https://www.huffpost.com/entry…_5f2849e2c5b656e9b09edd7a


    Anthony Fauci Says He’s Hired Security To Protect Daughters From Death Threats

    The nation’s top infectious disease expert said he “wouldn’t have imagined in my wildest dreams” that people would threaten him over public health principles.

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    By Carla Herreria Russo


    Dr. Anthony Fauci said Wednesday that he’s had to hire security to protect himself and his family after receiving death threats from people who object to his work on the coronavirus pandemic and the science behind regulations.

    During a livestreamed talk with CNN’s Dr. Sanjay Gupta hosted by Harvard’s School of Public Health, the infectious disease expert said he was taken aback by the harassment he and his family have received in the last few months.

    Noting that crisis “brings out the best of people and the worst of people,” Fauci said, “getting death threats for me and my family and harassing my daughters to the point where I have to get security, it’s amazing.”

    Fauci said his wife and daughters were “fine” but stressed by the threats.

    “I wouldn’t have imagined in my wildest dreams that people who object to things that are pure public health principles are so set against it and don’t like what you and I say, namely in the world of science, that they actually threaten you,” he said.

    Fauci previously revealed that he and his family were facing “serious threats” during an interview on “The Axe Files” podcast in July. At that time, he called the threats “a little bit disturbing.”

    Fauci had his own personal security detail as early as April, according to reports from CNN and The Hill.

    Fauci is one of the most prominent figures in the White House’s coronavirus task force but has also been at odds with members of the Trump administration, including President Donald Trump himself, as he offered bleak predictions as the pandemic worsened.

    Trump has undermined and contradicted some of Fauci’s recommendations and information during the pandemic. This past weekend, Trump directly challenged Fauci by retweeting a video of the doctor explaining why the U.S. has experienced another surge in coronavirus cases over the summer while cases in European countries have fallen.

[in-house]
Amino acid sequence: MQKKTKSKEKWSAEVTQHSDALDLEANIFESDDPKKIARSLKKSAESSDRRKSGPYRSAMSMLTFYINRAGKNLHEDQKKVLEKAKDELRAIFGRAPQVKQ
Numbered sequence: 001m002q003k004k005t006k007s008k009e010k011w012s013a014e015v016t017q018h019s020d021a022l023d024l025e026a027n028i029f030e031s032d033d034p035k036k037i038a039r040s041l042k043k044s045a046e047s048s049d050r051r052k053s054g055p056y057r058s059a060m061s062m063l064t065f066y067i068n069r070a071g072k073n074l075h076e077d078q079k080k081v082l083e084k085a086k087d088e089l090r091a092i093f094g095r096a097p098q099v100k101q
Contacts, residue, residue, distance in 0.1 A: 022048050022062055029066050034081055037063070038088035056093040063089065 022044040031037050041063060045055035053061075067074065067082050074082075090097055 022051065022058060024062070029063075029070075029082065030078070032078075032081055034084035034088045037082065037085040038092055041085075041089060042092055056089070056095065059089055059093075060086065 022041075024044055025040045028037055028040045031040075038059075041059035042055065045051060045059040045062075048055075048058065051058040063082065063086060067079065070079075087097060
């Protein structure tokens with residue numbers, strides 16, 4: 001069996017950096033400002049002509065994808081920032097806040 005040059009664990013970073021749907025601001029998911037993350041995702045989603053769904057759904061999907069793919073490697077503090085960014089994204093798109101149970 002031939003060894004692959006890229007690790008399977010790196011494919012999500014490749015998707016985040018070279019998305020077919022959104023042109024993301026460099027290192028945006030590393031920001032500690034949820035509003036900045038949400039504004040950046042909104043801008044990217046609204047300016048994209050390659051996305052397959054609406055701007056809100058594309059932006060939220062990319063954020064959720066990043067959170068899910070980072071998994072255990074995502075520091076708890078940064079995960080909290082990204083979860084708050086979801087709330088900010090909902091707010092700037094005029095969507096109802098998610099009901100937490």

“Wrong!” the president tweeted.

    Peter Navarro, Trump’s top trade adviser, even published an op-ed against Fauci in USA Today in an attempt to discredit him, claiming the infectious disease expert “has been wrong about everything I have interacted with him on.”

    He's going to say that. I predicted that he's going to brag about how he can't wait to beat up on Trump at the debates, then he will have something come up that prevents him from attending. I'm saying it's going to be covid. He's going to get a fake bout of that and he will bravely fight it off, but the debates will unfortunately not go forward, for understandable reasons. That will be the line they take.


    I think you're right. I think Biden's caretakers are smart enough to know that the debates are a bad idea.


    But I sort of hope I'm wrong. The Doddering Demented Dotard Debate would be really funny. Tinyhands is only slightly less fucked up than Biden. They will both make fools of themselves. And in the end it won't really matter. Everybody knows that Biden is a dotard. People are so sick of Tinyhands' stupidity that they are willing to elect an empty suit just to get rid of him. They'll wheel Biden out for speeches and such. But they are nominating Susan Rice to signal that any actual work will be done by bureaucrats from the Obama Administration.

    Yeah it's gonna be Susan Rice. Way better pick than Harris. It signals that this will be a continuation of the Obama Regime. That will work nicely to motivate the Black vote. And we'll get to hear cuntservatives scream about Benghazi for the next 11 years.